Stoudamire was not a scoring factor in the Illinois encounter, but he did dish out seven assists as Arizona controlled play for the first 16 minutes of the second half, in charge and all but making reservations for St. Louis. We know the rest. The nine-minute nightmare that will be analyzed, re-analyzed, and discussed in painful terms among Wildcat fans for years, possibly decades to come.
Illinois was tougher, it was more aggressive, it made better paths to the ball during Arizona's rash of turnovers, and most importantly, Illinois hit every shot. For the Illini it was a rally for the ages. For Arizona, an eternal torment.
That said, Arizona isn't the first team to see a huge lead slip away in an NCAA tournament game. It happened to West Virginia earlier in the day. It happened to Duke against UConn, Rhode Island against Stanford, Maryland in the 2001 semi-finals against Duke. I'm certainly forgetting a litany of other examples. But closer to home, Saturday it happened to Arizona.
And in the process it created a maelstrom of pain for a team that battled from a disastrous 2004, learned the basic tenets of defense, and became one of the most efficient offensive teams in the land by season's end.
The nine-minute nightmare will always linger like an uninvited guest for a team that provided its fans with one of the great individual seasons in school history. The Stoudamire renaissance ranks as one of the supreme storylines in the legacy of this program. On the outs, disenchanted, a fan whipping post, the guard was nearly shown the door, but instead buckled up and put on a shooting display that will likely not be duplicated at this school. He hit game-winners against UCLA, ASU and Oklahoma State and looked like a sniper at other times en route to honors as the conference's top career three-point marksman. He is fourth all-time in scoring at Arizona, and must be included, along with Miles Simon, Mike Bibby and Sean Elliott—and on a higher plain than Jason Gardner and Jason Terry--as one of the true clutch players to pass through Tucson.
The nine-minute nightmare will always linger like an uninvited guest, but it cannot dampen the development of Channing Frye, who was marvelous in the Illinois game. Considered soft by some, Frye was among the best centers in Division I his senior year and is firmly entrenched among the best at his position at Arizona. In the future, conversations about great centers will always include Frye near the top. Frye was a relatively under-recruited prospect, but became a game-changer for the UA when it was all said and done. Given the makeup of the NBA, and its interest in athletic big men who can shoot and run the floor, Arizona may never see a player like Frye again.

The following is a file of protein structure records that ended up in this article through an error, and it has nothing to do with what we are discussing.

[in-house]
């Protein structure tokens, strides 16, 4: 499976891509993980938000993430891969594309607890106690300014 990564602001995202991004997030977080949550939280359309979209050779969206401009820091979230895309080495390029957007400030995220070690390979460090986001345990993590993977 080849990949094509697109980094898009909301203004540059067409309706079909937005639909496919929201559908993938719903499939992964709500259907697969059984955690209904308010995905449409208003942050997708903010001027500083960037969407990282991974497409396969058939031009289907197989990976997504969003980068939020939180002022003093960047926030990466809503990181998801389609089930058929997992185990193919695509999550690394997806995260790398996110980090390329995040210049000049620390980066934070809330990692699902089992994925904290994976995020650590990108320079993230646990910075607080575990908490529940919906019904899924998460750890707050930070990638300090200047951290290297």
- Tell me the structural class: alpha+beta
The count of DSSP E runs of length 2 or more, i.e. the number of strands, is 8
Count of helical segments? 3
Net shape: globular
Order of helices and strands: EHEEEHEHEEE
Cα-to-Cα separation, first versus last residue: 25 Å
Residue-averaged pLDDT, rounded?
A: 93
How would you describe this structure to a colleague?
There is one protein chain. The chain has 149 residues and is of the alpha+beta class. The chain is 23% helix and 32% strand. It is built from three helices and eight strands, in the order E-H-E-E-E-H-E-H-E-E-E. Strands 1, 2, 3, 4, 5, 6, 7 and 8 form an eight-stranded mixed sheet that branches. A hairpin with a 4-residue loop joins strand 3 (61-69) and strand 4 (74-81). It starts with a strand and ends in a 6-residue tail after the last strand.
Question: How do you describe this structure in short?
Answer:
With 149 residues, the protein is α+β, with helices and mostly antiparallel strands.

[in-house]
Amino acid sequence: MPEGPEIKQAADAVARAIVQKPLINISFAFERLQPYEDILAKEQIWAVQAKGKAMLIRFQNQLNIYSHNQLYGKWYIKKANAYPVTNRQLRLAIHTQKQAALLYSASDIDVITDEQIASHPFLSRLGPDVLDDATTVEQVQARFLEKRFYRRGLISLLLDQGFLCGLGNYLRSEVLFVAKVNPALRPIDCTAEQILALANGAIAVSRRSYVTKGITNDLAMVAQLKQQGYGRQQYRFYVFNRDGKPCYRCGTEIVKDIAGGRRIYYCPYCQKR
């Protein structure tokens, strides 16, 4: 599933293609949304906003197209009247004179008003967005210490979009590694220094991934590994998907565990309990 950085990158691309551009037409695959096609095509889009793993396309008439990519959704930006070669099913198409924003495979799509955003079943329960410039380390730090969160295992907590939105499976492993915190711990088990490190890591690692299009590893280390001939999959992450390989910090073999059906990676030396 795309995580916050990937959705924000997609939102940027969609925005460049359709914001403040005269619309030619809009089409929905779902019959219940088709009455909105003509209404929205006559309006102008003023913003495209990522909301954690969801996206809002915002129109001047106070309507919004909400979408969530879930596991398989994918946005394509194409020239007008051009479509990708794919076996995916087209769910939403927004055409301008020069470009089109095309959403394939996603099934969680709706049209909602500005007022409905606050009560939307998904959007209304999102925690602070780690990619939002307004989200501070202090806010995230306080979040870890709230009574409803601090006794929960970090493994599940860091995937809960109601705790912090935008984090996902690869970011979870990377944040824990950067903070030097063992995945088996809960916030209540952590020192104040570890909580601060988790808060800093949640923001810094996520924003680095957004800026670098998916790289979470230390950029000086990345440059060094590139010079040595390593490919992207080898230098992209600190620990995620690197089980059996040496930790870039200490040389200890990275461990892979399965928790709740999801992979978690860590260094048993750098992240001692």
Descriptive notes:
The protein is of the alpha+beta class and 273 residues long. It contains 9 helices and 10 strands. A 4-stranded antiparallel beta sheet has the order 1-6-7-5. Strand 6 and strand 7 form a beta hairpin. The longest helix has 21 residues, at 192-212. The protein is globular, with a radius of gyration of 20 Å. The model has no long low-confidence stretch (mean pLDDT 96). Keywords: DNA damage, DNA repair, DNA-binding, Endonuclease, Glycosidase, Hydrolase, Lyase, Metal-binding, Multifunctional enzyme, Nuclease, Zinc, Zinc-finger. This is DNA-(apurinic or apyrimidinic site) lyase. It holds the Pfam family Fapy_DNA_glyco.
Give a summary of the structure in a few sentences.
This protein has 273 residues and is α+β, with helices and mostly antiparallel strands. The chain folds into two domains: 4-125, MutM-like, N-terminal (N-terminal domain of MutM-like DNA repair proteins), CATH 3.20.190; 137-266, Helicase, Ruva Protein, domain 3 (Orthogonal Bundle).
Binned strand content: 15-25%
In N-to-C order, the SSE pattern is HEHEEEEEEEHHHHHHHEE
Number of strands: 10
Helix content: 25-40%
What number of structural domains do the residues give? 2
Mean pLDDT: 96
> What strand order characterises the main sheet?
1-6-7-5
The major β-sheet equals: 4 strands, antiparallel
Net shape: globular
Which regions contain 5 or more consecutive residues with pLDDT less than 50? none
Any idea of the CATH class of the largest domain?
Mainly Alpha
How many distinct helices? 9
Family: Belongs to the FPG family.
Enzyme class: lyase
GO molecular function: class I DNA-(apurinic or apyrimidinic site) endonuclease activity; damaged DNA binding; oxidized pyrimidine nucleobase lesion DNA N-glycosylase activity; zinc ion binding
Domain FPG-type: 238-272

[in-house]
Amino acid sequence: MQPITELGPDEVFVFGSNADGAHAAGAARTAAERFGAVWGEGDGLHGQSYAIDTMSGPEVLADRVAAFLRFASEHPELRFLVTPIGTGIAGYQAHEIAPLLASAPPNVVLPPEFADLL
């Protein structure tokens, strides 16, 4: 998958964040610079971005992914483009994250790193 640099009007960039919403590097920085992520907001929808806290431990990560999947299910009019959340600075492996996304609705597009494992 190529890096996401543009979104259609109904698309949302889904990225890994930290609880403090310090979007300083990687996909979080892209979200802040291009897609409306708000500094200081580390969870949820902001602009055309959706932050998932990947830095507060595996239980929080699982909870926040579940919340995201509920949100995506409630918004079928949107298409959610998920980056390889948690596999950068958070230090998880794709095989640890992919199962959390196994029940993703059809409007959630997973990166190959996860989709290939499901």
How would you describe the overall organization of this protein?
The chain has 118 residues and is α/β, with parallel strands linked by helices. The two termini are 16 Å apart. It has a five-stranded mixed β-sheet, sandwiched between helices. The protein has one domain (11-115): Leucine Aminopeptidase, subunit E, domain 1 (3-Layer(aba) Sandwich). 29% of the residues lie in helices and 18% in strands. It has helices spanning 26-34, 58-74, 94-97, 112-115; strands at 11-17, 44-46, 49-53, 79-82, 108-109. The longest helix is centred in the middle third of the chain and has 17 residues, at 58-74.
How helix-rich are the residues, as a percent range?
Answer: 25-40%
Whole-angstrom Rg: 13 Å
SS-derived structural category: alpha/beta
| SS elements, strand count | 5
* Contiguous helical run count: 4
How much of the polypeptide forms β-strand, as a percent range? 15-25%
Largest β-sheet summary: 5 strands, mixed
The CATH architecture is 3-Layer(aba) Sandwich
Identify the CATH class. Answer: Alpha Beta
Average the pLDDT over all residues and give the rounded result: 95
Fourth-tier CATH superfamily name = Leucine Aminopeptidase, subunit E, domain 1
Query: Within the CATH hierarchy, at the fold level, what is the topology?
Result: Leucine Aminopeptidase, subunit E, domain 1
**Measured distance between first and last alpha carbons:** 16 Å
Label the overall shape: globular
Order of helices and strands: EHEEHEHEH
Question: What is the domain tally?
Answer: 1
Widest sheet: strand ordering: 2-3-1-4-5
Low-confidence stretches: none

The nine-minute nightmare will always linger like an uninvited guest, but it should not overshadow the growth of Hassan Adams. At the onset of his junior campaign, Adams was little more than an athletic highlight reel who could dunk and crash the glass. By season's end, he was the toughest matchup in the NCAA. While his shot was never consistent, he did drain three threes—a third of his regular season total—when Arizona needed it most in the Oklahoma State game. He was simply unstoppable in the Illinois matchup. Sadly, Adams might be remembered for his final collegiate play, where it appeared he froze and forced up a poor shot at the end of the Elite Eight overtime. But he has a warrior mentality, and should he decide to jump to the pros, that competitive fire will be missed.
In some ways it feels like more than the end of the season. Some believe this is the end of an era of sorts. The Arizona recruiting class features a number of newcomers ranked in the 20 to 50 range. There are no McDonald's All-American high-accolade studs like the players signed by North Carolina, Kansas, Duke, Louisville, Michigan State and UConn, et. al. Furthermore, the Pac-10 appears on the verge of significant improvement, which could conceivably cut into Arizona's recruiting advantage on the west coast.
Lute Olson is 70.
Then again, Frye wasn't highly lauded. Stoudamire slipped because of his size and attitude issues. There's certainly talent coming back. Kirk Walters appears capable of being a better defensive force than Frye, perhaps closer to the Loren Woods mode, although he likely will never be Frye's equal offensively or athletically. Ivan Radenovic made significant strides and looks very comfortable in the system. If Mohamed Tangara gets healthy, and it appears he's well on his way, Arizona's inside game looks solid.
On the perimeter, Jawann McClellan could be big-time. Questions linger about Chris Rodgers, who has loads of talent but has always struggled with the team system, and Mustafa Shakur, who must bounce back and build from an off-season of personal reflection. The Chosen One now appears to be the chosen scapegoat for the UA's failure. During the remainder of his tenure, he has the opportunity to control the show. The talent is certainly there to be successful, but he must borrow from Stoudamire's example to complete the on-court package.
Off the bench, Jesus Verdego looks like a kid who can score, and once he figures out the nuances of the offense while improving his effort on the defensive end, he can be a significant contributor. The incoming freshmen provide Arizona with an influx of athleticism and length on defense, and if one or two can contribute as McClellan and Walters did this year, that's a good sign.
These aren't the end times. Tough times yes. Painful times indeed. Unforgettable times. Without a doubt. But unforgettable can mean very different things. The positives of Arizona's 30-win campaign, in reflection, should far outweigh the disappointment of the nine-minute nightmare.